In our department, we study multiple human neurological disorders from cellular and molecular to translational through animal models of disease.
Alzheimer’s – Alzheimer’s disease is a progressive brain disorder that damages and eventually destroys brain cells, leading to memory loss and changes in thinking and other brain functions. It usually develops slowly and gradually gets worse as brain function declines and brain cells eventually wither and die. Ultimately, Alzheimer’s is fatal, and currently, there is no cure. – Alzheimer’s Association
Autism- Autism spectrum disorder (ASD) and autism are both general terms for a group of complex disorders of brain development. These disorders are characterized, in varying degrees, by difficulties in social interaction, verbal and nonverbal communication and repetitive behaviors. – Autism Speaks
Huntington’s Disease- Huntington’s disease (HD) is a fatal genetic disorder that causes the progressive breakdown of nerve cells in the brain. It deteriorates a person’s physical and mental abilities during their prime working years and has no cure. HD is known as the quintessential family disease because every child of a parent with HD has a 50/50 chance of carrying the faulty gene. Today, there are approximately 30,000 symptomatic Americans and more than 200,000 at-risk of inheriting the disease. – Huntington’s Disease Society of America
Multiple Sclerosis- Multiple sclerosis (MS) involves an immune-mediated process in which an abnormal response of the body’s immune system is directed against the central nervous system (CNS), which is made up of the brain, spinal cord and optic nerves. The exact antigen — or target that the immune cells are sensitized to attack — remains unknown, which is why MS is considered by many experts to be “immune-mediated” rather than “autoimmune.” – National Multiple Sclerosis Society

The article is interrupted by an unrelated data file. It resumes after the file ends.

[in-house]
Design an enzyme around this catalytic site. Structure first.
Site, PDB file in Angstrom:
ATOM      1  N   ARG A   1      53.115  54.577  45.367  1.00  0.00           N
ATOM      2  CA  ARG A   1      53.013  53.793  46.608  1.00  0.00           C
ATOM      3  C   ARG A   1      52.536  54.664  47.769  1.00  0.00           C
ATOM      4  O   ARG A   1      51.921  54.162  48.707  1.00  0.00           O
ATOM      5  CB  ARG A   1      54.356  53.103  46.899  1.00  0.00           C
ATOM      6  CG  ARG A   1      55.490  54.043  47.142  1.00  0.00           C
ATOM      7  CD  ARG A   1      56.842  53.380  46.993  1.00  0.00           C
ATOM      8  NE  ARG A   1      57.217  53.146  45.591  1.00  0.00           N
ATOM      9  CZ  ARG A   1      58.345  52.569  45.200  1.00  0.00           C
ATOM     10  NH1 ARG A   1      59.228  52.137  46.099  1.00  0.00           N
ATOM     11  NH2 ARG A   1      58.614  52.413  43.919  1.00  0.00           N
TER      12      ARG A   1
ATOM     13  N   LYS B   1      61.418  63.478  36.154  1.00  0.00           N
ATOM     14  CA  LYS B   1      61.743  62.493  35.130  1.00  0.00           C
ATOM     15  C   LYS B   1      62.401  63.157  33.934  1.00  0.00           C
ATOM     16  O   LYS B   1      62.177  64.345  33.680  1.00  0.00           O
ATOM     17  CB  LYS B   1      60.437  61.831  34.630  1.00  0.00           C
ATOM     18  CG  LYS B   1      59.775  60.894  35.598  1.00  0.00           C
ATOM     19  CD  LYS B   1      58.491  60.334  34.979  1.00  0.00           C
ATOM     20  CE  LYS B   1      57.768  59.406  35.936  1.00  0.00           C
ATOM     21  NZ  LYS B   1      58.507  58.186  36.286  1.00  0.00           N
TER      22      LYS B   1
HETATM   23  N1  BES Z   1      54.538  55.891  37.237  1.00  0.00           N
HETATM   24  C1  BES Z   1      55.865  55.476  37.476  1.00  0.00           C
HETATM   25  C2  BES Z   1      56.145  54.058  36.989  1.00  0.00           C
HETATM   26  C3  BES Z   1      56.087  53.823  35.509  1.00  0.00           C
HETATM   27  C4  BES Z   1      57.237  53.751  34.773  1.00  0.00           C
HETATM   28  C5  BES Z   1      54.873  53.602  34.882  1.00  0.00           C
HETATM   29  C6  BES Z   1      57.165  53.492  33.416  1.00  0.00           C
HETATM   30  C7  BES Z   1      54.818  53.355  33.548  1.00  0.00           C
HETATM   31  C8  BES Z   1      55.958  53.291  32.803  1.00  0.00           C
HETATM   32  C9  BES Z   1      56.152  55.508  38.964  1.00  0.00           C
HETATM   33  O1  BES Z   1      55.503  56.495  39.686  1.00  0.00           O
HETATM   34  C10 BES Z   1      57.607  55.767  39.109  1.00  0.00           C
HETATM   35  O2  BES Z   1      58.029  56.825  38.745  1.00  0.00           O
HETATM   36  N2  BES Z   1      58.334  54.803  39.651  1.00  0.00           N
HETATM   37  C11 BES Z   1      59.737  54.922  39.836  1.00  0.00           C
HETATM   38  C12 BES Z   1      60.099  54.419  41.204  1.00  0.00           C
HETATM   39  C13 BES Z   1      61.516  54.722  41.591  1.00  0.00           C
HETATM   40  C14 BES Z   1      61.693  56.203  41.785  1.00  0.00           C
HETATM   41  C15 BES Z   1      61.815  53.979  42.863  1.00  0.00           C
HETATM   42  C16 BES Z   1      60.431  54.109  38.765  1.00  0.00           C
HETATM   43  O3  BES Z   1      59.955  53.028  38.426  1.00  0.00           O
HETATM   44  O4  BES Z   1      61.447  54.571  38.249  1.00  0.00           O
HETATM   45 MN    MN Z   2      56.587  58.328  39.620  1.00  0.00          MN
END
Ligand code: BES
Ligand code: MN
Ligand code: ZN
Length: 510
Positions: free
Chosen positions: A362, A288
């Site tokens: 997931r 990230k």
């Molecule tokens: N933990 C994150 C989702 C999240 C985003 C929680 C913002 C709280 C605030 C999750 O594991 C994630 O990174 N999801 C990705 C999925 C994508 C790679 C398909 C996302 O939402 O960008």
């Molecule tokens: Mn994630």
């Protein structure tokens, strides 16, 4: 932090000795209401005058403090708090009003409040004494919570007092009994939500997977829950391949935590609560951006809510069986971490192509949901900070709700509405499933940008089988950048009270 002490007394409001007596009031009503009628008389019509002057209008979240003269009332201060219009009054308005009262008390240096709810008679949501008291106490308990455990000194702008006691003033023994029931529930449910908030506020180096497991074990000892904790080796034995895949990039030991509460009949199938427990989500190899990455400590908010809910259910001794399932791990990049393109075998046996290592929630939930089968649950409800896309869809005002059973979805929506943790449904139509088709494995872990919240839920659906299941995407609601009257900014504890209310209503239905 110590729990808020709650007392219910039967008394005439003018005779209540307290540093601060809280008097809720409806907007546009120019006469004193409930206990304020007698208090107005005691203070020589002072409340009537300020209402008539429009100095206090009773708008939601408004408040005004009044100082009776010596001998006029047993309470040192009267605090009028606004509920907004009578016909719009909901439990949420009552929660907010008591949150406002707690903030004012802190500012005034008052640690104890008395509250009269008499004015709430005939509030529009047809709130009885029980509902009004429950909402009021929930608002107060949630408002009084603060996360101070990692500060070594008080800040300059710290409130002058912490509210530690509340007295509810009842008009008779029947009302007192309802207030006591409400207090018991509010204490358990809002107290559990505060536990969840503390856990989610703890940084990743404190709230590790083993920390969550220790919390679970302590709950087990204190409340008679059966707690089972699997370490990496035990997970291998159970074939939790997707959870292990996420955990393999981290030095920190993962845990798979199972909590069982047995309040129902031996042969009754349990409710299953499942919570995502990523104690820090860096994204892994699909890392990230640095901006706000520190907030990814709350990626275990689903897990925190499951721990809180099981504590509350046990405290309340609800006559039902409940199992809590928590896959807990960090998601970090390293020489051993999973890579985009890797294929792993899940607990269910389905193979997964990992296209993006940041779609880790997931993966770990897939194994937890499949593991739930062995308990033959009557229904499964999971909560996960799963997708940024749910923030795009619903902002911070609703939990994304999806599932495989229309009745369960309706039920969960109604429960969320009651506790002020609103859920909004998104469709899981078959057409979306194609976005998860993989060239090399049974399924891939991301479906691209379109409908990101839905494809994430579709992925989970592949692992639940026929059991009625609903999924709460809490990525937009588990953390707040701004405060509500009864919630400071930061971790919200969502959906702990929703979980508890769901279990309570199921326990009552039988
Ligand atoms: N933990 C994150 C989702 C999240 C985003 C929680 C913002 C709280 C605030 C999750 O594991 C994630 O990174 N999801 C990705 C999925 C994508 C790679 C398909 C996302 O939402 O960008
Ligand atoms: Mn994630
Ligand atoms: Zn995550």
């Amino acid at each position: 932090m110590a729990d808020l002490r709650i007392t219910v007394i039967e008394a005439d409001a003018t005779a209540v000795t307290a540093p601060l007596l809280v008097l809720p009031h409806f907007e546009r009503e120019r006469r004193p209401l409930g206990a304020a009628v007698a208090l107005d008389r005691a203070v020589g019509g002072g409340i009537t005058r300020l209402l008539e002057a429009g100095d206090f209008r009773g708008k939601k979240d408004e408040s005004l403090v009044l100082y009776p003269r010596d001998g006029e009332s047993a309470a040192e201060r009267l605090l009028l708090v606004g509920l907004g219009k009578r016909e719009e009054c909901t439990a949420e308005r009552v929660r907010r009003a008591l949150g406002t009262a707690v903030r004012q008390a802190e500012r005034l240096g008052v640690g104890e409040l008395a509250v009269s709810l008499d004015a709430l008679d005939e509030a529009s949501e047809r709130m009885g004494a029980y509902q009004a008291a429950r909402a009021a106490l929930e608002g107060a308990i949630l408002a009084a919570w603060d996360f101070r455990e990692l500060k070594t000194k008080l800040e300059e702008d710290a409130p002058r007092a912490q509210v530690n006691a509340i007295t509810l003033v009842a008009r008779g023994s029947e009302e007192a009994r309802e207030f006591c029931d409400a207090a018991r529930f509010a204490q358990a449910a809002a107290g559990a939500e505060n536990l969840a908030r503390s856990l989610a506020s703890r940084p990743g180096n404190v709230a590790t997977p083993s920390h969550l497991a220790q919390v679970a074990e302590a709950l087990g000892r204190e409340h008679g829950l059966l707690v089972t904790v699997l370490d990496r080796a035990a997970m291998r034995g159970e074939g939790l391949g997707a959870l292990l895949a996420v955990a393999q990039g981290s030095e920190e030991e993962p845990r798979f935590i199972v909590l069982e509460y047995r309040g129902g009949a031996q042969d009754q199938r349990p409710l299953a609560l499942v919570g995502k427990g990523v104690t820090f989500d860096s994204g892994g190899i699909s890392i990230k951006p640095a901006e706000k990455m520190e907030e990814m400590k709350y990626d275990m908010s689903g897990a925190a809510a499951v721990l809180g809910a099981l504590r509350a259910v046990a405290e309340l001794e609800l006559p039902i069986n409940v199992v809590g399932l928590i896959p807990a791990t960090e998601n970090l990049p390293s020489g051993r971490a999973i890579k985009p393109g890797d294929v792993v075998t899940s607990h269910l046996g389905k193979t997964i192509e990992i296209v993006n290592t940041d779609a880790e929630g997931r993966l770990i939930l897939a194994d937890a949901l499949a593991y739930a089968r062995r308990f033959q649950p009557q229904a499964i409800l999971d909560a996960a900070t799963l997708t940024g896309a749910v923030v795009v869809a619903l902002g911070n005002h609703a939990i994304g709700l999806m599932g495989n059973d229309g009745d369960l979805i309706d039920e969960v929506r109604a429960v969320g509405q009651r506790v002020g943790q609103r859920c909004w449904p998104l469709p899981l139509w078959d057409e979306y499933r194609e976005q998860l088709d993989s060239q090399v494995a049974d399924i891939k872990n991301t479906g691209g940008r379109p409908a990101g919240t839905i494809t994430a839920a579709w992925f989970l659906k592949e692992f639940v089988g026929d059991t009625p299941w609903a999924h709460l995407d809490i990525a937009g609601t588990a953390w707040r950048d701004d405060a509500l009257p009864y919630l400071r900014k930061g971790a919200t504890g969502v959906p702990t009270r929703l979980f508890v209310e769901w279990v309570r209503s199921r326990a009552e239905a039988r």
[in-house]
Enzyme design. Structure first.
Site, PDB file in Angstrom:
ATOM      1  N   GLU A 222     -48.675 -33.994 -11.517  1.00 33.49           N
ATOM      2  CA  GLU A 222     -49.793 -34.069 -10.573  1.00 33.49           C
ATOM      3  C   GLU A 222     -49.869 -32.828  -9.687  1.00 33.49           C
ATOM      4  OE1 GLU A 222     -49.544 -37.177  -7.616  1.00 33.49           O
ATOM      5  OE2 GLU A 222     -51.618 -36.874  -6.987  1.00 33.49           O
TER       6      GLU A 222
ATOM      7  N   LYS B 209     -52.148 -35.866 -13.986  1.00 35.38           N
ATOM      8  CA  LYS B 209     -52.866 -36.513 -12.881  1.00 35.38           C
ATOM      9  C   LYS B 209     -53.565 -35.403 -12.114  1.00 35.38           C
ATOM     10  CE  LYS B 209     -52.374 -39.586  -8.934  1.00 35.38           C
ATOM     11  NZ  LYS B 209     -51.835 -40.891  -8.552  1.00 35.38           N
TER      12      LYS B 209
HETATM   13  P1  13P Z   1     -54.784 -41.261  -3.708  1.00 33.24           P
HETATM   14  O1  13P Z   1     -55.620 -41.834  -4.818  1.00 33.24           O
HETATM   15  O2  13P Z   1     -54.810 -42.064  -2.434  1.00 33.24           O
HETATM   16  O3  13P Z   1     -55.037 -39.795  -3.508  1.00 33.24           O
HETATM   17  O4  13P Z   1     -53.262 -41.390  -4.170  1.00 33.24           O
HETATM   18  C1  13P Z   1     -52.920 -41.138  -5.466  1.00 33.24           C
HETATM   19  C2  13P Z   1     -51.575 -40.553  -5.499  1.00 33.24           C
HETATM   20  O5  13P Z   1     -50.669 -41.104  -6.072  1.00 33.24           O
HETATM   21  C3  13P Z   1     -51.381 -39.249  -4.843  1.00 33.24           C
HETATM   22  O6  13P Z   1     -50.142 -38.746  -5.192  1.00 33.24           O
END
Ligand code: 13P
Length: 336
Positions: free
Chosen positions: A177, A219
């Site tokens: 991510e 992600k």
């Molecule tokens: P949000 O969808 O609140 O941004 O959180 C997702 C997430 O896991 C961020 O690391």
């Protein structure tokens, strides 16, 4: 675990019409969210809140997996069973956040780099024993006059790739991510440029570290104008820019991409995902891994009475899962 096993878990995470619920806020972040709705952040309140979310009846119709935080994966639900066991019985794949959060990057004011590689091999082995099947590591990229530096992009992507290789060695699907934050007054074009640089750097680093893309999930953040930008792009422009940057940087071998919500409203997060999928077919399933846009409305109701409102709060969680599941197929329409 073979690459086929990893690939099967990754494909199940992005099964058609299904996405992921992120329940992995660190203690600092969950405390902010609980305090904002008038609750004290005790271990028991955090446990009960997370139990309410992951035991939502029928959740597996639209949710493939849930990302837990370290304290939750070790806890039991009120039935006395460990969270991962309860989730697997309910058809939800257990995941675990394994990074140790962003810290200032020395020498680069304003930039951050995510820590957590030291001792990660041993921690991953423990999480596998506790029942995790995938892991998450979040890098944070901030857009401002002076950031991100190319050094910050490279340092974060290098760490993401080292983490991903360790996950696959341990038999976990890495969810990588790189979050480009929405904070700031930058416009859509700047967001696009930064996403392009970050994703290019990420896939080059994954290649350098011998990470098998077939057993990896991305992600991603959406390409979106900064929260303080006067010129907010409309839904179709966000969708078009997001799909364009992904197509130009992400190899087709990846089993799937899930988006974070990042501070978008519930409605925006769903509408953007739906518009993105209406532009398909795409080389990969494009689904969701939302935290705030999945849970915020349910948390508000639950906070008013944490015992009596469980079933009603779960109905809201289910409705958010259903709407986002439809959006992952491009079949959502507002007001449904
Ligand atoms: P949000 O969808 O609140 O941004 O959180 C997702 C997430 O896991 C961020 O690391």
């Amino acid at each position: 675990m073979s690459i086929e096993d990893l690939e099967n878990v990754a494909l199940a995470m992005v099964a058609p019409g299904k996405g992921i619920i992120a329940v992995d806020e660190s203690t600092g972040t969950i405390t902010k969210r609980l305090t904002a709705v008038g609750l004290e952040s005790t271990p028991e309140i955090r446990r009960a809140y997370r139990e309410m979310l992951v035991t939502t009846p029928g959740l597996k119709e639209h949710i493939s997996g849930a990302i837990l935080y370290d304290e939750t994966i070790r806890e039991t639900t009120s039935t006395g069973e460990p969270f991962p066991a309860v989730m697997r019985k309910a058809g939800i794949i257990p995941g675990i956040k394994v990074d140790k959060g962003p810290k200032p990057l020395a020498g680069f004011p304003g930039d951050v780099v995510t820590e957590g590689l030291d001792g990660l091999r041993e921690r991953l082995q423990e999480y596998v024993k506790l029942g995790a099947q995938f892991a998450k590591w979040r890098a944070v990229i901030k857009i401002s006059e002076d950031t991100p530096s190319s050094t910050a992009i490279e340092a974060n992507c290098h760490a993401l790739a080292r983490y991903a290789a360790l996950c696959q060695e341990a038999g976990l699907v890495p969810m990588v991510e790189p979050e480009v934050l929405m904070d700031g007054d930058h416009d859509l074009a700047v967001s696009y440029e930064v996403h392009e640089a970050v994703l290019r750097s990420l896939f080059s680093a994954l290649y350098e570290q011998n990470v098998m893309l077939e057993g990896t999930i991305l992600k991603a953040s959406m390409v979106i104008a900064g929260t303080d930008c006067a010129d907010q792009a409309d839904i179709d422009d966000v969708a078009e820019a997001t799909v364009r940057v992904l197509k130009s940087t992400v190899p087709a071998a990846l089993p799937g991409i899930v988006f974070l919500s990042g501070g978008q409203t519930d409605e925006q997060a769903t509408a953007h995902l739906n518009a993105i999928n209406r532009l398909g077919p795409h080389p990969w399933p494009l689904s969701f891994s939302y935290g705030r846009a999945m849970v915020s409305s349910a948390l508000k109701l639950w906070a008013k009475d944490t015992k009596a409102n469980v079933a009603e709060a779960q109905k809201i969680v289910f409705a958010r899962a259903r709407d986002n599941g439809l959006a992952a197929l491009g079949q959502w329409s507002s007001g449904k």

Regeneration and Sensory Impairment- Our ability to hear relies on hair cells, small sensory cells in the inner ear. Hair cells are named for microscopic hair-like extensions, called stereocilia, projecting from their tops in bundles. These “hair bundles” convert sound vibrations into electrical signals, which travel to the brain by way of the auditory, or hearing, nerve. When hair cells are damaged—by disease, injury, or aging—a person experiences hearing loss, sometimes profound. –NIH
Rett Syndrome- Rett syndrome is a unique postnatal neurological disorder that is first recognized in infancy and seen almost always in girls, but can be rarely seen in boys. It is caused by mutations on the X chromosome on a gene called MECP2. There are more than 200 different mutations found on the MECP2 gene. Most of these mutations are found in eight different “hot spots.” This is a postnatal neurological disorder. It is not a degenerative disorder. Rett syndrome causes problems in brain function that are responsible for cognitive, sensory, emotional, motor and autonomic function. These can include learning, speech, sensory sensations, mood, movement, breathing, cardiac function, and even chewing, swallowing, and digestion. – RettSyndrome.org
Schizophrenia- Schizophrenia is a chronic and severe mental disorder that affects how a person thinks, feels, and behaves. People with schizophrenia may seem like they have lost touch with reality. Although schizophrenia is not as common as other mental disorders, the symptoms can be very disabling. – National Alliance on Mental Illness
Spinal Cord Injury- Your spinal cord is a bundle of nerves that runs down the middle of your back. It carries signals back and forth between your body and your brain. A spinal cord injury disrupts the signals. Spinal cord injuries usually begin with a blow that fractures or dislocates your vertebrae, the bone disks that make up your spine. –NIH U.S. National Library of Medicine
Stroke– Stroke is a disease that affects the arteries leading to and within the brain., part of the brain cannot get the blood (and oxygen) it needs, so it and brain cells die. – American Stroke Association
Traumatic Brain Injury- A TBI is caused by a bump, blow or jolt to the head or a penetrating head injury that disrupts the normal function of the brain. Not all blows or jolts to the head result in a TBI. The severity of a TBI may range from “mild,” i.e., a brief change in mental status or consciousness to “severe,” i.e., an extended period of unconsciousness or amnesia after the injury. –Centers for Disease Control and Prevention
Tumors/Brain Infections- A brain tumor is an abnormal growth of tissue in the brain or central spine that can disrupt proper brain function. Doctors refer to a tumor based on where the tumor cells originated, and whether they are cancerous (malignant) or not (benign).